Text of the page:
FTC Town Hall to Address Digital Rights Management Technologies - Event Takes Place Wednesday, March 25, 2009, in Seattle #539814-00387

Submission Number:
539814-00387
Commenter:
Tim Oakes
State:
TX
Initiative Name:
FTC Town Hall to Address Digital Rights Management Technologies - Event Takes Place Wednesday, March 25, 2009, in Seattle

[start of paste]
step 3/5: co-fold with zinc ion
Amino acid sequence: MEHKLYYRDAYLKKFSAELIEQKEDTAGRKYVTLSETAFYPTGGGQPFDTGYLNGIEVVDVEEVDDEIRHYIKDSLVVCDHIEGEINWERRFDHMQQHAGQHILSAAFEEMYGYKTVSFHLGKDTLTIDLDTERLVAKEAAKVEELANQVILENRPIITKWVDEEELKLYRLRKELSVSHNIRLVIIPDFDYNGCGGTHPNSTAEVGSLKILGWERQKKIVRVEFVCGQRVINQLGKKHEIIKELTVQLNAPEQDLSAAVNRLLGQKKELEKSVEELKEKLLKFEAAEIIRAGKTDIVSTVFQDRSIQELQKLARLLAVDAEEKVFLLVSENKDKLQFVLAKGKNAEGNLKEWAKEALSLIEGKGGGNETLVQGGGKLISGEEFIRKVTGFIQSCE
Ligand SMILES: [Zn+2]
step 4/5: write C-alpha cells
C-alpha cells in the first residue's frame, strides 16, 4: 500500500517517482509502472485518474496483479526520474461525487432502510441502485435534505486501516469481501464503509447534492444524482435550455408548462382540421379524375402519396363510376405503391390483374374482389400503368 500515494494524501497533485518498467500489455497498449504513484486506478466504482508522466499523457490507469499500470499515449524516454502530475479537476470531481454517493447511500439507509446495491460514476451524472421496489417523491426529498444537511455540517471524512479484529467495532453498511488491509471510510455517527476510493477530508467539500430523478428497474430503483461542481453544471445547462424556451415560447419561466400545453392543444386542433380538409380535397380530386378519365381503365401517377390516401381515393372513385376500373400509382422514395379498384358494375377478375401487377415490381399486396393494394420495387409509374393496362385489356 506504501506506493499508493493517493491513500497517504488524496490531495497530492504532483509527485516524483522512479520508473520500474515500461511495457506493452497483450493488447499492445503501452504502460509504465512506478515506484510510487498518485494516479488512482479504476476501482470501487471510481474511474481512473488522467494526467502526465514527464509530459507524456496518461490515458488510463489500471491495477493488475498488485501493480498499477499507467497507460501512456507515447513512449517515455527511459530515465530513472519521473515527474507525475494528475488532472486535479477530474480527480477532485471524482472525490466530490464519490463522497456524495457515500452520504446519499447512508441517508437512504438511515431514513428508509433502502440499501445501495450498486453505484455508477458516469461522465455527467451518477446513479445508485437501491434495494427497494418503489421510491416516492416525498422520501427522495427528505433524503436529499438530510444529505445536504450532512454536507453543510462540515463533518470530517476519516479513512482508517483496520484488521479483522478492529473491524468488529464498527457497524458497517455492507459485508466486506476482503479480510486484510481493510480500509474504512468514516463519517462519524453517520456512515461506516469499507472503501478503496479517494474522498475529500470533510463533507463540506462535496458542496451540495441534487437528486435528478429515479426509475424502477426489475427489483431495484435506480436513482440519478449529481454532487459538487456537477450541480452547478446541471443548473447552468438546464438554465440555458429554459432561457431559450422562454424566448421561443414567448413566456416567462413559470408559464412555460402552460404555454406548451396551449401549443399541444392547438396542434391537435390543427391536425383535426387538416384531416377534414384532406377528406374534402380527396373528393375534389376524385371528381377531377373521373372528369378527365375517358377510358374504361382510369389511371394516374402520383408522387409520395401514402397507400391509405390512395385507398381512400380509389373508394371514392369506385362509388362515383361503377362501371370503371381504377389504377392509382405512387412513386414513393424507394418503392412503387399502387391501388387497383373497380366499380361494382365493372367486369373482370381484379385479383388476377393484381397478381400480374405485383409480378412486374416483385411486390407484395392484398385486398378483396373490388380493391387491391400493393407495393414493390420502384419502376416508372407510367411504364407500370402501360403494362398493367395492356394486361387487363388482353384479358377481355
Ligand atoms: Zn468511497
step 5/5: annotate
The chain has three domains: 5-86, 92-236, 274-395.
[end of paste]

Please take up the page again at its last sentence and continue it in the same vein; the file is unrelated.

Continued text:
Dear reader, I believe DRM is an issue that has gone out of control. Companies jam-pack their products with it in order to prevent pirated copies from getting out and yet a great number of these copies still exist somewhere on the internet. Companies should consider the majority of users before punishing everyone for what a small population of pirates do. DRM should be abolished UNTIL a better system can be implemented. Sure, people will begin to go on pirating-sprees but the majority of people who DON'T pirate products will be grateful. I myself own four computers and find it very difficult to install certain products that only allow installation on two machines. If I purchase software, I am purchasing the right to use it am I not? If this is the case, then I should theoretically be able to install it on however many computers I need to. As for ideas of how to fix the DRM problem, there are a number of solutions that have gone either unnoticed or un-thought of. Perhaps the use of finger print readers could be more widely adopted, or maybe using some kind of special card similar to a driver's license but for computers/electronics in general. The card concept could work with products being registered to a user, and when installing the product, the user would be asked to "swipe" his or her card through some kind of slot during registration. This would allow people to install software on the number of machines they needed to while at the same time preventing pirates from simply programming a key-gen (key generator). In any case, DRM seriously needs to be thought through and handled in a uniform manner. Many companies use their own form of DRM and it simply does NOT work. Please take this DRM issue seriously. Thank you. Signed, Tim Oakes